Let m, n e N. If n >= m, then there is a unique b e N such that n = m + b.
How do I prove that b is unique.
$\displaystyle m,n\in\mathbb{N},n\geqslant m\implies\exists!\,b\in\mathbb{N}:n=m+b$
Suppose not. Let $\displaystyle m,n\in\mathbb{N}$ and let $\displaystyle b,c\in\mathbb{N}$ such that $\displaystyle n=m+b$ and $\displaystyle n=m+c$. By transitivity, we see that $\displaystyle m+b=m+c$. Thus, by cancellation, we have $\displaystyle b=c$. This shows that $\displaystyle b$ is unique.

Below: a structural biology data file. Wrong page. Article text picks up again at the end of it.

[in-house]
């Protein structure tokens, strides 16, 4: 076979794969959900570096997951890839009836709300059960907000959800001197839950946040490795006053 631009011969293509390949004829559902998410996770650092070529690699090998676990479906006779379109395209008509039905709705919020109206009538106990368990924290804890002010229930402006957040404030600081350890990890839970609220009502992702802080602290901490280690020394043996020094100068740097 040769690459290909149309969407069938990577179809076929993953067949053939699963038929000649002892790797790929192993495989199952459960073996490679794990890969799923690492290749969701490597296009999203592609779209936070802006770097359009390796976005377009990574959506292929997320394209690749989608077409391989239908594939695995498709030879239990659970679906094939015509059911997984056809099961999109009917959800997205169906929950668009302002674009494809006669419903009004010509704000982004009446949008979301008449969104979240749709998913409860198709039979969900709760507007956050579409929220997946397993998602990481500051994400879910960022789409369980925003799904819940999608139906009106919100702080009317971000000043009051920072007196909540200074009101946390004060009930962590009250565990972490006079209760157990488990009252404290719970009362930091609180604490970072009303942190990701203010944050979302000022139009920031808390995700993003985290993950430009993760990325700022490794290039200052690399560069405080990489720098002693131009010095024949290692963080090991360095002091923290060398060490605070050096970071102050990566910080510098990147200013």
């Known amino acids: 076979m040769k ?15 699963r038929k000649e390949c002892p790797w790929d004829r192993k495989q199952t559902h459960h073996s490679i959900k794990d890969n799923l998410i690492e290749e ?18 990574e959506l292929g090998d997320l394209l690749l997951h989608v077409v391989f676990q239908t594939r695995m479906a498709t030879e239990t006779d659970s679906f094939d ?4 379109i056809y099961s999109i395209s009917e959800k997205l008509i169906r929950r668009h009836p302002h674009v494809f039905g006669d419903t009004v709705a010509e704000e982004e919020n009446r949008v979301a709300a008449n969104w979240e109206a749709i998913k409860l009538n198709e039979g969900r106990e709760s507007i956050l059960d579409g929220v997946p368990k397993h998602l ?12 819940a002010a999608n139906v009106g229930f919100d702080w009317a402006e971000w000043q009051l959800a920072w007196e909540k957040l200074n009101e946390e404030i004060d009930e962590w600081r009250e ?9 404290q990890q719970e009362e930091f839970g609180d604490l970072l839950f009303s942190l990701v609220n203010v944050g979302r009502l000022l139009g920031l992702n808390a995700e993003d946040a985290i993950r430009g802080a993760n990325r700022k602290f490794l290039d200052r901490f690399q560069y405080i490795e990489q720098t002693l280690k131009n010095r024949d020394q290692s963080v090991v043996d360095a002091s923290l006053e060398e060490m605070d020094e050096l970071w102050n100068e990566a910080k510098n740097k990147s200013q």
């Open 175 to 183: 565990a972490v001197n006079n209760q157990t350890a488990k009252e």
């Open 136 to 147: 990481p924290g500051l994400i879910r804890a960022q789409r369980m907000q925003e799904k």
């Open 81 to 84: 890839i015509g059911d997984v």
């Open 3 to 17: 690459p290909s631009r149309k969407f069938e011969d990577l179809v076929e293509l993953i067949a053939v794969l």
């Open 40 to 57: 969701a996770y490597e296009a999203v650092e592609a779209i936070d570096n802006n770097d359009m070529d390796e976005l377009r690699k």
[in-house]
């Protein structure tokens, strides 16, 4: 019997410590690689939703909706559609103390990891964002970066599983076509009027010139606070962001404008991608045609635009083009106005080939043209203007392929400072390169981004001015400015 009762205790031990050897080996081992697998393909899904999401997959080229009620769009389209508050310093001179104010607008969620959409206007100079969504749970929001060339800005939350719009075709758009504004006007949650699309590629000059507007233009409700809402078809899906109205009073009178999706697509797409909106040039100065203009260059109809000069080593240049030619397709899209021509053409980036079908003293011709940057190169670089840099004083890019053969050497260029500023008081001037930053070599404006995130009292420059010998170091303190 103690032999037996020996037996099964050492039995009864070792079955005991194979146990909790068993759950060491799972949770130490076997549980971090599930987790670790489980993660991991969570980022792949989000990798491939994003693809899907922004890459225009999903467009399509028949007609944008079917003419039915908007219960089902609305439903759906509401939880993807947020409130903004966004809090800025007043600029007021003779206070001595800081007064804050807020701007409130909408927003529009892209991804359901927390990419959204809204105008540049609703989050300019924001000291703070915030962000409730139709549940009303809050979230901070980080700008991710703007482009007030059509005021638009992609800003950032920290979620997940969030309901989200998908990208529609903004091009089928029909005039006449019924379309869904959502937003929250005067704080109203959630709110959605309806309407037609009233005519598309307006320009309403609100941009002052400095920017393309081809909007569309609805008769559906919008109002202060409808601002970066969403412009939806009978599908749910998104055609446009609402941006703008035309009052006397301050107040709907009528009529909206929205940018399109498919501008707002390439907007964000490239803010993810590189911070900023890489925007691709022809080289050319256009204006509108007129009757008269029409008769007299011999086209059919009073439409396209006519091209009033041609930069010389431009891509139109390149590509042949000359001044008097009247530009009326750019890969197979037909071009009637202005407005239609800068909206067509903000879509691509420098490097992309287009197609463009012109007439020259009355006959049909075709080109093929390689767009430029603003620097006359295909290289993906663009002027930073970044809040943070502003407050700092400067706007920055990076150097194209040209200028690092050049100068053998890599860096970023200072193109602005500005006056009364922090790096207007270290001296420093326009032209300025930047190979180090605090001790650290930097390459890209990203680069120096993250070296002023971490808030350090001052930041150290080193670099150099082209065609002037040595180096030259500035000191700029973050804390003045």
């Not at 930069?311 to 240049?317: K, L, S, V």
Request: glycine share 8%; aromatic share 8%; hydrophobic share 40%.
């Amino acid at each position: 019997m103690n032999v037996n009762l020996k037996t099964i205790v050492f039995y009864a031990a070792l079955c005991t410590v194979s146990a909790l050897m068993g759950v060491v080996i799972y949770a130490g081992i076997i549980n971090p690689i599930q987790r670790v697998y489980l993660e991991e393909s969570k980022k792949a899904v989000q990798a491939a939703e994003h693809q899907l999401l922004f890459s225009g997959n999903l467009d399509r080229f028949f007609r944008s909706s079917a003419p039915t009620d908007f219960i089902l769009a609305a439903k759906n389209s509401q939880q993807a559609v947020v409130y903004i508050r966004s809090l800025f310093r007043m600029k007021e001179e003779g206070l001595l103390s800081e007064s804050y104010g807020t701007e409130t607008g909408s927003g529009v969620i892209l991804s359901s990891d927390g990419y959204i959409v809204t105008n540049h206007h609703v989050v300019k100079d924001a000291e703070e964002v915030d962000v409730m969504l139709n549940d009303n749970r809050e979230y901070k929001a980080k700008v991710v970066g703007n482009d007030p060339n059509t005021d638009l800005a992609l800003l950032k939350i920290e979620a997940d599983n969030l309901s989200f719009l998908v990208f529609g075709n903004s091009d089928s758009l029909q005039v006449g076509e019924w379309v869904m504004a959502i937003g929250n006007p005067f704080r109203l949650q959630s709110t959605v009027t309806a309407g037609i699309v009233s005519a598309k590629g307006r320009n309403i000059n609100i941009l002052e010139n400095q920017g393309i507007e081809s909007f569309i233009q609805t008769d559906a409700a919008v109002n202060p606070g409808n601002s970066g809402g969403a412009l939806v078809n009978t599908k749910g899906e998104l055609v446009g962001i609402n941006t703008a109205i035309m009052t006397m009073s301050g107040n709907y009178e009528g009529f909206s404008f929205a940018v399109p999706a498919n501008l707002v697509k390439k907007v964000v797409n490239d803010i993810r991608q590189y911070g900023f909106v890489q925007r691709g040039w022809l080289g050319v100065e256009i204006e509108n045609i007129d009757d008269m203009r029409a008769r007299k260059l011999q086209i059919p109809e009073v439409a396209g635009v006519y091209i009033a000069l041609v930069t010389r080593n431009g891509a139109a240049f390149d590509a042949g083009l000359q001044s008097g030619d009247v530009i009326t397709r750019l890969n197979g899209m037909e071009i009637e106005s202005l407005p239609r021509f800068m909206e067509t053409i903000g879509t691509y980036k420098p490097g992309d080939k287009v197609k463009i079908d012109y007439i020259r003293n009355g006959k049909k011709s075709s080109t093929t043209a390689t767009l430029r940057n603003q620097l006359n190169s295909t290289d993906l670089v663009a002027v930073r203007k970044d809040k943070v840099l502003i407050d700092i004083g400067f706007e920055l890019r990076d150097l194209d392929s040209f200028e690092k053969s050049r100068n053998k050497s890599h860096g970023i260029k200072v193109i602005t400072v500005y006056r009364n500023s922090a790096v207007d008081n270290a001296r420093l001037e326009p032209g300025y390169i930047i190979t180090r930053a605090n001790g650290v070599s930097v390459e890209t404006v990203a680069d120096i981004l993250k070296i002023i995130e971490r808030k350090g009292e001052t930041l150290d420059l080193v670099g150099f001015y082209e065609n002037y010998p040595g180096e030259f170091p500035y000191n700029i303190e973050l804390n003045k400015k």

Does this make sense?